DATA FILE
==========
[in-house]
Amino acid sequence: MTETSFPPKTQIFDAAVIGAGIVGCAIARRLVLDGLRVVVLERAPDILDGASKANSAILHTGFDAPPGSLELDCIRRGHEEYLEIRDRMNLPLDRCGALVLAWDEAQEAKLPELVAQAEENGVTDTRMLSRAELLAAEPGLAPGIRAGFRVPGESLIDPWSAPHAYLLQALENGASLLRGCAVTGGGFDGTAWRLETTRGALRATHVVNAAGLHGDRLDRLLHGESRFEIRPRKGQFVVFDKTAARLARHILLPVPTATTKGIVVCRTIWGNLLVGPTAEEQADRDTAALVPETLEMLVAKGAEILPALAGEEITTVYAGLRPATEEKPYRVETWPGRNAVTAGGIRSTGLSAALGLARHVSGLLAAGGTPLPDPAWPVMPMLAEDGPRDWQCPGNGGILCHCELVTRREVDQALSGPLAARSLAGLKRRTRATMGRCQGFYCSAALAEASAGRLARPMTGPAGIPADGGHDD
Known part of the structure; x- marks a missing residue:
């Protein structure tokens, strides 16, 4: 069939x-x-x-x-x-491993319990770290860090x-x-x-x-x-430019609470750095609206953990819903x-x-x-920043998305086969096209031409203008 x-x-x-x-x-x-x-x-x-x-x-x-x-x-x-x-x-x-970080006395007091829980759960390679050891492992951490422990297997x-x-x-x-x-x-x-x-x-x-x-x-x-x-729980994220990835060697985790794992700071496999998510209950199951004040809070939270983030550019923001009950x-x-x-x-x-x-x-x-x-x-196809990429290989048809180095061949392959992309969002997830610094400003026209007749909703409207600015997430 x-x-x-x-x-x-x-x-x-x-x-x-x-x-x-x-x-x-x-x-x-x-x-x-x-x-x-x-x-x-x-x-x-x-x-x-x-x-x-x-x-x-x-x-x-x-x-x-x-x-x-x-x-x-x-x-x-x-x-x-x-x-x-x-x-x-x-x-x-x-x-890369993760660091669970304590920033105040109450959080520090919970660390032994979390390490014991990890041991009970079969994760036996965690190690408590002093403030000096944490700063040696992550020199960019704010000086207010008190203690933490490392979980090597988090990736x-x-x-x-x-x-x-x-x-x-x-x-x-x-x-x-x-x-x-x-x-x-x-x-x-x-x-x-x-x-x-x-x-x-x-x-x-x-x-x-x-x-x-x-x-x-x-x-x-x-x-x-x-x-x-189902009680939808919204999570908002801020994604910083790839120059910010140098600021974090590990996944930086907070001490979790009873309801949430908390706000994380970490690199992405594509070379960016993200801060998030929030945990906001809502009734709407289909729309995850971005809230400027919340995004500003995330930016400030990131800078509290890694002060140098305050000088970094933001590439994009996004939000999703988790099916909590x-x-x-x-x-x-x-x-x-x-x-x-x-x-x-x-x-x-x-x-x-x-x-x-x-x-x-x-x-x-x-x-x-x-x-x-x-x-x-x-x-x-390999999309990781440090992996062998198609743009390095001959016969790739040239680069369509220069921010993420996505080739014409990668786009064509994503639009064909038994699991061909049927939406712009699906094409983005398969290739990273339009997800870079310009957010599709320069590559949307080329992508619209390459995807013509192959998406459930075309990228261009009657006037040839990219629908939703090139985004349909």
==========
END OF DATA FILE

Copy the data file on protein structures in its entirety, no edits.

[in-house]
Amino acid sequence: MTETSFPPKTQIFDAAVIGAGIVGCAIARRLVLDGLRVVVLERAPDILDGASKANSAILHTGFDAPPGSLELDCIRRGHEEYLEIRDRMNLPLDRCGALVLAWDEAQEAKLPELVAQAEENGVTDTRMLSRAELLAAEPGLAPGIRAGFRVPGESLIDPWSAPHAYLLQALENGASLLRGCAVTGGGFDGTAWRLETTRGALRATHVVNAAGLHGDRLDRLLHGESRFEIRPRKGQFVVFDKTAARLARHILLPVPTATTKGIVVCRTIWGNLLVGPTAEEQADRDTAALVPETLEMLVAKGAEILPALAGEEITTVYAGLRPATEEKPYRVETWPGRNAVTAGGIRSTGLSAALGLARHVSGLLAAGGTPLPDPAWPVMPMLAEDGPRDWQCPGNGGILCHCELVTRREVDQALSGPLAARSLAGLKRRTRATMGRCQGFYCSAALAEASAGRLARPMTGPAGIPADGGHDD
Known part of the structure; x- marks a missing residue:
């Protein structure tokens, strides 16, 4: 069939x-x-x-x-x-491993319990770290860090x-x-x-x-x-430019609470750095609206953990819903x-x-x-920043998305086969096209031409203008 x-x-x-x-x-x-x-x-x-x-x-x-x-x-x-x-x-x-970080006395007091829980759960390679050891492992951490422990297997x-x-x-x-x-x-x-x-x-x-x-x-x-x-729980994220990835060697985790794992700071496999998510209950199951004040809070939270983030550019923001009950x-x-x-x-x-x-x-x-x-x-196809990429290989048809180095061949392959992309969002997830610094400003026209007749909703409207600015997430 x-x-x-x-x-x-x-x-x-x-x-x-x-x-x-x-x-x-x-x-x-x-x-x-x-x-x-x-x-x-x-x-x-x-x-x-x-x-x-x-x-x-x-x-x-x-x-x-x-x-x-x-x-x-x-x-x-x-x-x-x-x-x-x-x-x-x-x-x-x-x-890369993760660091669970304590920033105040109450959080520090919970660390032994979390390490014991990890041991009970079969994760036996965690190690408590002093403030000096944490700063040696992550020199960019704010000086207010008190203690933490490392979980090597988090990736x-x-x-x-x-x-x-x-x-x-x-x-x-x-x-x-x-x-x-x-x-x-x-x-x-x-x-x-x-x-x-x-x-x-x-x-x-x-x-x-x-x-x-x-x-x-x-x-x-x-x-x-x-x-x-189902009680939808919204999570908002801020994604910083790839120059910010140098600021974090590990996944930086907070001490979790009873309801949430908390706000994380970490690199992405594509070379960016993200801060998030929030945990906001809502009734709407289909729309995850971005809230400027919340995004500003995330930016400030990131800078509290890694002060140098305050000088970094933001590439994009996004939000999703988790099916909590x-x-x-x-x-x-x-x-x-x-x-x-x-x-x-x-x-x-x-x-x-x-x-x-x-x-x-x-x-x-x-x-x-x-x-x-x-x-x-x-x-x-390999999309990781440090992996062998198609743009390095001959016969790739040239680069369509220069921010993420996505080739014409990668786009064509994503639009064909038994699991061909049927939406712009699906094409983005398969290739990273339009997800870079310009957010599709320069590559949307080329992508619209390459995807013509192959998406459930075309990228261009009657006037040839990219629908939703090139985004349909």